Croque Madame Cups
6 eggs, divided whites and yolks
1/2 cup unflavored whey protein
4 oz cream cheese, softened
4-6 oz thinly sliced ham
2 tsp Dijon mustard
1/2 cup soft cheese, Gruyere or another
Begin by making some “bread” to stand in for the bread in the traditional sandwich. Beat egg whites until very stiff. Gently stir in the whey powder and the cream cheese. Make three small loaves shaped like sub buns by mounding the mixture on a non stick silpat liner or parchment paper. Bake at 350 for about 20 minutes, Remove the buns and set two aside. You may use these for sandwiches for another lunch. Cut one bun into strips and return the strips to the oven for an additional 5 minutes. This will make them extra crispy. When cool enough to handle, cut the strips into small cubes.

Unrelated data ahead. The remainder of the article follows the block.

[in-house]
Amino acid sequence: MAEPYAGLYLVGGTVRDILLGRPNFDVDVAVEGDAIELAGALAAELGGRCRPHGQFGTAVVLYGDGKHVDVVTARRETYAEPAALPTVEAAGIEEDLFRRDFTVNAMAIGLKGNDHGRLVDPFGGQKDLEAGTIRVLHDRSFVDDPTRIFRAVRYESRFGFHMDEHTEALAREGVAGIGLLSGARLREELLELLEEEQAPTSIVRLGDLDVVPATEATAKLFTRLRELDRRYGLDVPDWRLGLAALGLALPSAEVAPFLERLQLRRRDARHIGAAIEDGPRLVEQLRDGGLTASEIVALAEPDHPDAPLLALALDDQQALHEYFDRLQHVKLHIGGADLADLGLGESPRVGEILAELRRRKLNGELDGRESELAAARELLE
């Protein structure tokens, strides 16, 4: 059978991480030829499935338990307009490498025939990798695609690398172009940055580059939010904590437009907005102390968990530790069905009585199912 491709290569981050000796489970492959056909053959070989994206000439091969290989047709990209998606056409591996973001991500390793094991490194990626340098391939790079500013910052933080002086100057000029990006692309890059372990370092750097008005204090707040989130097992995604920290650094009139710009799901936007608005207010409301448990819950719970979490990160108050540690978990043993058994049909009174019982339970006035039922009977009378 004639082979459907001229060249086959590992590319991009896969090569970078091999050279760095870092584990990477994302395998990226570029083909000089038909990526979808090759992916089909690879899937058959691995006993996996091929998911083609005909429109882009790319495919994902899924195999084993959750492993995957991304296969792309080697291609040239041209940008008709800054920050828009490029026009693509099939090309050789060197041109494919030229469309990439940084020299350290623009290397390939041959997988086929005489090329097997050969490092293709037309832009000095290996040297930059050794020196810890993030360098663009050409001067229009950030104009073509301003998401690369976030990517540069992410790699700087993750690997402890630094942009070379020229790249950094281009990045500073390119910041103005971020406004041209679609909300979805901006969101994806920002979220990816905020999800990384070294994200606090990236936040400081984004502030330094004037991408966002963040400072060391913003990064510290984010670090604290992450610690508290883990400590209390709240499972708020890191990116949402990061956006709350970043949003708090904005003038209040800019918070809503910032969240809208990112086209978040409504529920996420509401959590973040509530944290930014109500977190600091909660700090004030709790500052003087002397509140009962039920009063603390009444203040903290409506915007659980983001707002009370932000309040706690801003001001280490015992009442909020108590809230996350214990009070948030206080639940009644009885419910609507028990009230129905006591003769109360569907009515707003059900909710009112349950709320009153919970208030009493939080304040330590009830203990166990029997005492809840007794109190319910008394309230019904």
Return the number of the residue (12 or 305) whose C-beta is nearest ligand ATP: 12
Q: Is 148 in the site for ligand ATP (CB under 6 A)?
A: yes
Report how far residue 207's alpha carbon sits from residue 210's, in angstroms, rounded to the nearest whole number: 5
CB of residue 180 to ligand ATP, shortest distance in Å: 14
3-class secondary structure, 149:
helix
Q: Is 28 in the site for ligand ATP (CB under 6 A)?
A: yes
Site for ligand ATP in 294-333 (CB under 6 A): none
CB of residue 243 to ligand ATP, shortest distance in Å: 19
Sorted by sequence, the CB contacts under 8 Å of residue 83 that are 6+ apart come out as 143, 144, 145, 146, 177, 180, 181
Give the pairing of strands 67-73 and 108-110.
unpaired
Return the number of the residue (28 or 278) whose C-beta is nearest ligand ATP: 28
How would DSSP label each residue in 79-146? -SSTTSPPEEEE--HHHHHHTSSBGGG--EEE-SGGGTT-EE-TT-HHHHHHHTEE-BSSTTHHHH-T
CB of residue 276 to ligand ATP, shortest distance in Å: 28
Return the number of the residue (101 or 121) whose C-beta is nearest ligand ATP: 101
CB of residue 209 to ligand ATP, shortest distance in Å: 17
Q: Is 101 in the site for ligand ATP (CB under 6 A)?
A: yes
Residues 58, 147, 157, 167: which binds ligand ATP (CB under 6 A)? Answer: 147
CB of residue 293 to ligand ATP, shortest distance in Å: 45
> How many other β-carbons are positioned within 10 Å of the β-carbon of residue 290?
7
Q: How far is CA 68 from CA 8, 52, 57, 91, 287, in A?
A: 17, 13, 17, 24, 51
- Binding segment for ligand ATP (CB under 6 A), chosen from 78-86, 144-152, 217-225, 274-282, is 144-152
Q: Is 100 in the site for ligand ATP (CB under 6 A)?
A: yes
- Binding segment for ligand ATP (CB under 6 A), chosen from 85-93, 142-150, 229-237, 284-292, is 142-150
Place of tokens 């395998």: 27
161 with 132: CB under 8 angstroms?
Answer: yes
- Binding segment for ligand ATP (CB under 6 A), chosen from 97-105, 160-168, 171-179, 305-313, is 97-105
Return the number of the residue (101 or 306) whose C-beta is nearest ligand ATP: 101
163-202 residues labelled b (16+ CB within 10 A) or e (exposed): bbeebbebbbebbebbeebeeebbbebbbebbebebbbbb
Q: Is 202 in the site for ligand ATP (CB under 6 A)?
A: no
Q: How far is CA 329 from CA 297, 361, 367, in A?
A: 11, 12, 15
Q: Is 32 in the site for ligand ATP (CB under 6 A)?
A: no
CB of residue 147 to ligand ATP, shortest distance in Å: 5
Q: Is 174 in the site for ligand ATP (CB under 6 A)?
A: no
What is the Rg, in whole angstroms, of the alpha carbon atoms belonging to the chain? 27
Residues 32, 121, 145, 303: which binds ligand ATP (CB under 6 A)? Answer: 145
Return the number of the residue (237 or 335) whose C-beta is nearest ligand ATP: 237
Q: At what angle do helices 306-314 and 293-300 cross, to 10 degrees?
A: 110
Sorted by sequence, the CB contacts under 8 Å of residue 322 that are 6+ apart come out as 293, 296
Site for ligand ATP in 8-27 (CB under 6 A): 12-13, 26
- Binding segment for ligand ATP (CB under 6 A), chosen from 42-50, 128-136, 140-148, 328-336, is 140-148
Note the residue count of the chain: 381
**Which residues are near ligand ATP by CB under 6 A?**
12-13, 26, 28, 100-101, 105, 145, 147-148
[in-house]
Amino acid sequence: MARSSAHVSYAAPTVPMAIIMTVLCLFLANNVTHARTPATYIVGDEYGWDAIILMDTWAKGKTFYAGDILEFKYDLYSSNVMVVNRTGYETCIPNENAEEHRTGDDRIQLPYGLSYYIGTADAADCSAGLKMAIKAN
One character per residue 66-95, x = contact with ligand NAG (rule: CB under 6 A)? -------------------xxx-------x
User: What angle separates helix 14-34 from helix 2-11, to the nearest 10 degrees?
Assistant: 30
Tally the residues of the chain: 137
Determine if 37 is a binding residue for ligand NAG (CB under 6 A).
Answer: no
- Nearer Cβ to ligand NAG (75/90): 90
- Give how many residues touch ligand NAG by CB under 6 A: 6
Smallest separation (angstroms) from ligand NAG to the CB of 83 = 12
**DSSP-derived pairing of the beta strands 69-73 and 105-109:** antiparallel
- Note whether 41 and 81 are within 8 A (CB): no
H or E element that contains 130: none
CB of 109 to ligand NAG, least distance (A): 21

Using two shaved ham slices, line 6 muffin cups with the ham. You may use papers if you choose. Divide the cheese among the cups. Place 2-4 bread cubes in each cup. With a spoon, drop an egg yolk into each cup. You may keep them whole or break the yolk to help fill the fold in the ham slice. Bake for 15 minutes or until egg is just set. Top with a squirt of Dijon mustard.
Eat right away or wrap with plastic wrap for lunches or breakfasts.
These are pretty as is, or would be even fancier with cupcake wrappers. Great for showers or parties.
When making lunches, this recipe is great, since you get a couple of buns to use for other meals too. I used a recipe similar to many of Maria's recipes, so the inspiration is hers. I wanted something light and airy for the bread component in the cup. Excellent results.